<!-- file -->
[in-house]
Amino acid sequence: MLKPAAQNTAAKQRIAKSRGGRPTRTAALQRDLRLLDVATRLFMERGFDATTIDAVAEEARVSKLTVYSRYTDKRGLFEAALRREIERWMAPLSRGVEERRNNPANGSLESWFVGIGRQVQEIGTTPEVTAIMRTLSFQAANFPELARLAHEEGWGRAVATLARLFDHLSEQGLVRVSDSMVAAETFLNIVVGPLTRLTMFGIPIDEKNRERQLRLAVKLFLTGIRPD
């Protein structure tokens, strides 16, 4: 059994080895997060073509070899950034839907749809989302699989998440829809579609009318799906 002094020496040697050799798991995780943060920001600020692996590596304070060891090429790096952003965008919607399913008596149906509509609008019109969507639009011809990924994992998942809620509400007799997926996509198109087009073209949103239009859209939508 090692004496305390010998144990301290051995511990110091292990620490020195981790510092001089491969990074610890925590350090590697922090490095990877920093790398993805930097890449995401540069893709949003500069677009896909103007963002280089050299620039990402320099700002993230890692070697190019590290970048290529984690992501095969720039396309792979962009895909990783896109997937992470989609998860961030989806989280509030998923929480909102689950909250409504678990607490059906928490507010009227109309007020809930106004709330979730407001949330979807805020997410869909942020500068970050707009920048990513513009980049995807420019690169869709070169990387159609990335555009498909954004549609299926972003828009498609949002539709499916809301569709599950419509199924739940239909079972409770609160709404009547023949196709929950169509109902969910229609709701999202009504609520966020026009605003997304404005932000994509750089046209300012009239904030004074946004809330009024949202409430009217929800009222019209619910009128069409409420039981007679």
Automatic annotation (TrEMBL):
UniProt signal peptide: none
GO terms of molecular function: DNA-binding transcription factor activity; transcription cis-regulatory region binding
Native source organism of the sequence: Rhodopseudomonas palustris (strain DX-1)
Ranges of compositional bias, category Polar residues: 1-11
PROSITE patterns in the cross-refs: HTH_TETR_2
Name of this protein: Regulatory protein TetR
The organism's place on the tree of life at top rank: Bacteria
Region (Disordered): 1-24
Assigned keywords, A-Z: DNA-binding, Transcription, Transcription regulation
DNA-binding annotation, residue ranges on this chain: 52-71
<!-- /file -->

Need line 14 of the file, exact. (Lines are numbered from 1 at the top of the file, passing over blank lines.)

DNA-binding annotation, residue ranges on this chain: 52-71